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Bret “The Hitman” Hart just announced in his social media accounts that he has prostate cancer and is fighting it.
I consider Bret Hart as the best professional wrestler of all time. Sure, my tatay introduced me to WWF when I was seven when were watched Wrestlemania 4 at a neighbor’s house over lunch, withHulk Hogan vs. Ultimate Warrior main event. But as I watched more wrestilng, Bret Hart is the one who made me a fan for life. He made the fake believable by being true.
The first time I remember myself staying up late behind my parents’ backs was to watch WWF in RPN 9 or IBC 13 or Channel 5. I still (kinda) hate Shawn Michaels even if they made peace a few years back. I remember putting the Sharpshooter on one of my sisters (sorry!). I missed his WCW stint because no local channel aired it. I felt for him for what happened with Owen. I even remember watching a Bret Hart match the night before my mother’s wake when I was twelve. I can even go as far as to say that prowrestling is my first true fandom, even before music, even before various fantasy and scifi texts.
For now, I’ll consider this an Iron Man match for Bret, but with no time limit, no holds barred, submissions only. I’ll consider this post my way of outside interference, hoping for the disease to make a face turn or some other great swerve.
I know Bret can excellently execute this.
It is with great remorse that I feel compelled to speak truthfully to my friends, family and my millions of fans around the world. In the past few years, I’ve spent more than enough time paying the price for all those years trying to be the best there ever was as a professional wrestler. I executed excellently and my proudest claim was that I never seriously hurt or injured another wrestler in my 23 year career. I’ve paid a price for all that “fake” wrestling. Aside from a devastating career-ending concussion and numerous surgeries when I was younger, in recent years I’ve had two knee replacements, two hernia operations, surgery on my right elbow, and, just a few months ago, I underwent a four-corner fusion of my right wrist that even now makes it most difficult to write or type.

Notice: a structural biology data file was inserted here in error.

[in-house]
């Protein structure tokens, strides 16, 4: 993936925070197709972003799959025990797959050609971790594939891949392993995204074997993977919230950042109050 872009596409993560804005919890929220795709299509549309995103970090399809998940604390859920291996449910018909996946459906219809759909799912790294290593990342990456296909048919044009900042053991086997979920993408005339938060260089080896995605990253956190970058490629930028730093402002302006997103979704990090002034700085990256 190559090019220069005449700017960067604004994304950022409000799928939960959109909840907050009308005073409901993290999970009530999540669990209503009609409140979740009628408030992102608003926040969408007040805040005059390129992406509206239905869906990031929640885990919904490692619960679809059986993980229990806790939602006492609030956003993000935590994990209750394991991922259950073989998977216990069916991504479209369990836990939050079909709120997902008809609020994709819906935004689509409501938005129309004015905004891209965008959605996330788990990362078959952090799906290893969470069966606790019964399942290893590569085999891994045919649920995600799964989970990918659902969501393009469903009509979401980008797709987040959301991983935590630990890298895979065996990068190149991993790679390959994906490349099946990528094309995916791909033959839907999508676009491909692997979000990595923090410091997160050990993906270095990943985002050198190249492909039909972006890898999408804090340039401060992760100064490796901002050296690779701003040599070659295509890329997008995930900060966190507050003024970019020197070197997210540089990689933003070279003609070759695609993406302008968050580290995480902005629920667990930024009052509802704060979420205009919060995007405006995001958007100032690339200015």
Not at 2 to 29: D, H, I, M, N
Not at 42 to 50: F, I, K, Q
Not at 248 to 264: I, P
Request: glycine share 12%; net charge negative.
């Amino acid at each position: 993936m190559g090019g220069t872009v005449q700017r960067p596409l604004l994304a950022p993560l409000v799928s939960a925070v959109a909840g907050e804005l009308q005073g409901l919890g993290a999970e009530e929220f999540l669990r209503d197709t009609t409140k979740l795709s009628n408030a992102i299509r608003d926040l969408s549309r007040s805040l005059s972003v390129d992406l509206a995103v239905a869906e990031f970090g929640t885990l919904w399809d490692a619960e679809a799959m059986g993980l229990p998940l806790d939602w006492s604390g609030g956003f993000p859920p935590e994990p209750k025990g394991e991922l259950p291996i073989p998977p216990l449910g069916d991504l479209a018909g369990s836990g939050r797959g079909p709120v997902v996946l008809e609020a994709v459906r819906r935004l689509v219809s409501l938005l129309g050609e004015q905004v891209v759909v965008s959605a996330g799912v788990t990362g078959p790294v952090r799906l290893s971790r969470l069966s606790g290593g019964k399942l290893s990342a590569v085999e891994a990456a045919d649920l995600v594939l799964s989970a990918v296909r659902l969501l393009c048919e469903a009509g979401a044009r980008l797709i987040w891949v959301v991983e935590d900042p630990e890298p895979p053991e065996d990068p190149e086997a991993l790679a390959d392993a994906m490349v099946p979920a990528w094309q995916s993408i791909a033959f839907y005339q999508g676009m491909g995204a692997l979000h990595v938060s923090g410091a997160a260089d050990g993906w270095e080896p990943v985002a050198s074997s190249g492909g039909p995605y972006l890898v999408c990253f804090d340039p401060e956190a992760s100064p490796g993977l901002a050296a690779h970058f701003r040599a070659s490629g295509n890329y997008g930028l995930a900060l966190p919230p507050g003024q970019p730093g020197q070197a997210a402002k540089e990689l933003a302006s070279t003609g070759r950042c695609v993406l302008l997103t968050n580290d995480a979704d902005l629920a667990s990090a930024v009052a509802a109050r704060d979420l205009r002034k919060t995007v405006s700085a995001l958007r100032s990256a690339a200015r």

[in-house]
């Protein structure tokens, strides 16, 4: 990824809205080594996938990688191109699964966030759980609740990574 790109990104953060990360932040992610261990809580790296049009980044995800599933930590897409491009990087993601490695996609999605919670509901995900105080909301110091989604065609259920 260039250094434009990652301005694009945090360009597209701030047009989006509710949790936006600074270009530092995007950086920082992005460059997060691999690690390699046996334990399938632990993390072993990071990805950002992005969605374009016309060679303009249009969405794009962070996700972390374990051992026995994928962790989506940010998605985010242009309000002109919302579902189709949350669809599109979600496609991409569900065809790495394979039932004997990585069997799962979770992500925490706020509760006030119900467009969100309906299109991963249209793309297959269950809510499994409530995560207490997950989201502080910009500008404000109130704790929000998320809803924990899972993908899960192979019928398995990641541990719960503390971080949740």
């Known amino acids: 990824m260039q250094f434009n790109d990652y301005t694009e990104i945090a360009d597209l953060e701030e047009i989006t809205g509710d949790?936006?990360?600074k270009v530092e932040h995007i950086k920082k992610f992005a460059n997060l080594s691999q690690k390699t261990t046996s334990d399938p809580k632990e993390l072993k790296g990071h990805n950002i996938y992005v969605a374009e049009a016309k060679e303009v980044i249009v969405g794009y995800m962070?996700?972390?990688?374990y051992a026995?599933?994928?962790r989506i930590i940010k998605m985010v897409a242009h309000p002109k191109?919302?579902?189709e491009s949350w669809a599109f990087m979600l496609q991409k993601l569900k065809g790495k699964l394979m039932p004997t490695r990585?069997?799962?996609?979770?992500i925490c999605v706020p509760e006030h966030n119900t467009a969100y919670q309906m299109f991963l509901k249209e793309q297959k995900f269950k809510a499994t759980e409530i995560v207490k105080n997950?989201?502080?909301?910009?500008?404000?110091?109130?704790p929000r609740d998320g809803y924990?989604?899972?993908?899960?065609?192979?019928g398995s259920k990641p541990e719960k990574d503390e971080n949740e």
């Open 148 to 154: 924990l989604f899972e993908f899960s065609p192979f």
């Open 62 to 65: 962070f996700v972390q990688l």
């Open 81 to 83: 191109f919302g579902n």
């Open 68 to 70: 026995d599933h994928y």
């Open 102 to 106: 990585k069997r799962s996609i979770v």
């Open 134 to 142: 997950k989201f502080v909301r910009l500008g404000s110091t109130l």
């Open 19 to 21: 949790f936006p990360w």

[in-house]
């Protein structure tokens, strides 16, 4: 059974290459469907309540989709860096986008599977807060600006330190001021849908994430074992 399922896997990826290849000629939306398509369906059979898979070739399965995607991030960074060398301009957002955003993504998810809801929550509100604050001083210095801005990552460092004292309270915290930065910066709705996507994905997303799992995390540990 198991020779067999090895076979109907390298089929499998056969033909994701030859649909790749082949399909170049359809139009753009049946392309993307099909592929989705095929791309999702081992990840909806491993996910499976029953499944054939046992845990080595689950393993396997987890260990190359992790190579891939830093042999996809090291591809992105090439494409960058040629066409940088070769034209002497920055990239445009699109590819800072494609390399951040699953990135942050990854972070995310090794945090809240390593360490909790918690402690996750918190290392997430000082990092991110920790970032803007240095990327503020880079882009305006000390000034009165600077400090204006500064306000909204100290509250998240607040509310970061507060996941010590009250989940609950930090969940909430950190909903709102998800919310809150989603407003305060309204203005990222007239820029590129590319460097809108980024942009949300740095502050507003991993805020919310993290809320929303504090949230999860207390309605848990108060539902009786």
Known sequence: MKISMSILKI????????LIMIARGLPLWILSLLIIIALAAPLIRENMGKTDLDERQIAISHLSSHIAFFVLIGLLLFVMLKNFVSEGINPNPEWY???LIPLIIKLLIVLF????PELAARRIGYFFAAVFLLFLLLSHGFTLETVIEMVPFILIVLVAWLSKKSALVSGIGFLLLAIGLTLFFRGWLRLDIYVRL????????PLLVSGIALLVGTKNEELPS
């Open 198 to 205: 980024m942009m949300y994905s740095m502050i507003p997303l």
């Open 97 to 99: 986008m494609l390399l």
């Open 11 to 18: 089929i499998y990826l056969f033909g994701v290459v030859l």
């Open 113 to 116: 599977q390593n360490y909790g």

Mark Helprin wrote: “We are all perfect clocks that Divinity has set to ticking when, even before birth, the heart explodes into a lifelong dance.” I’ve had a great lifelong dance and I’m a survivor of many hard battles. I now face my toughest battle. With hesitation and fear, I openly declare myself in my fight against prostate cancer. In the next few days, I will undergo surgery with the hope of defeating this nemesis once and for all.
My fans have always looked upon me as a hero and I’ve always done my best to live up to that in and out of the ring. I beat the odds when I suffered my stroke in 2002, but it is now yet again, that I draw upon the many adults and young children I’ve met throughout my life who courageously fought and usually lost in their battles against this deadly disease. One year ago, I watched a brave young man named Whesley fight brain cancer to the end. If I can find even an ounce of his courage to stand unafraid and face the tough road ahead of me, I will march toward this destiny with his spirit chanting in my ear.
I make a solemn vow to all of those that once believed in me, the dead and the living, that I will wage my fearsome fight against cancer with one shield and one sword carrying my determination and my fury for life, emboldened by all the love that’s kept me going this long already. Love is my weapon and I’ve got much of it around me all the time, for which I’m truly blessed and eternally grateful. My children, grandchildren, and my loving wife Steph have been and will constantly be at my side. I refuse to lose, I will never give in or give up, and I will win this battle or die trying.
Most important of all, I hope I can take the fight to prostate cancer. To be a leader in awareness and to set the example for men everywhere who find themselves in my very same shoes, that prostate cancer can be beaten.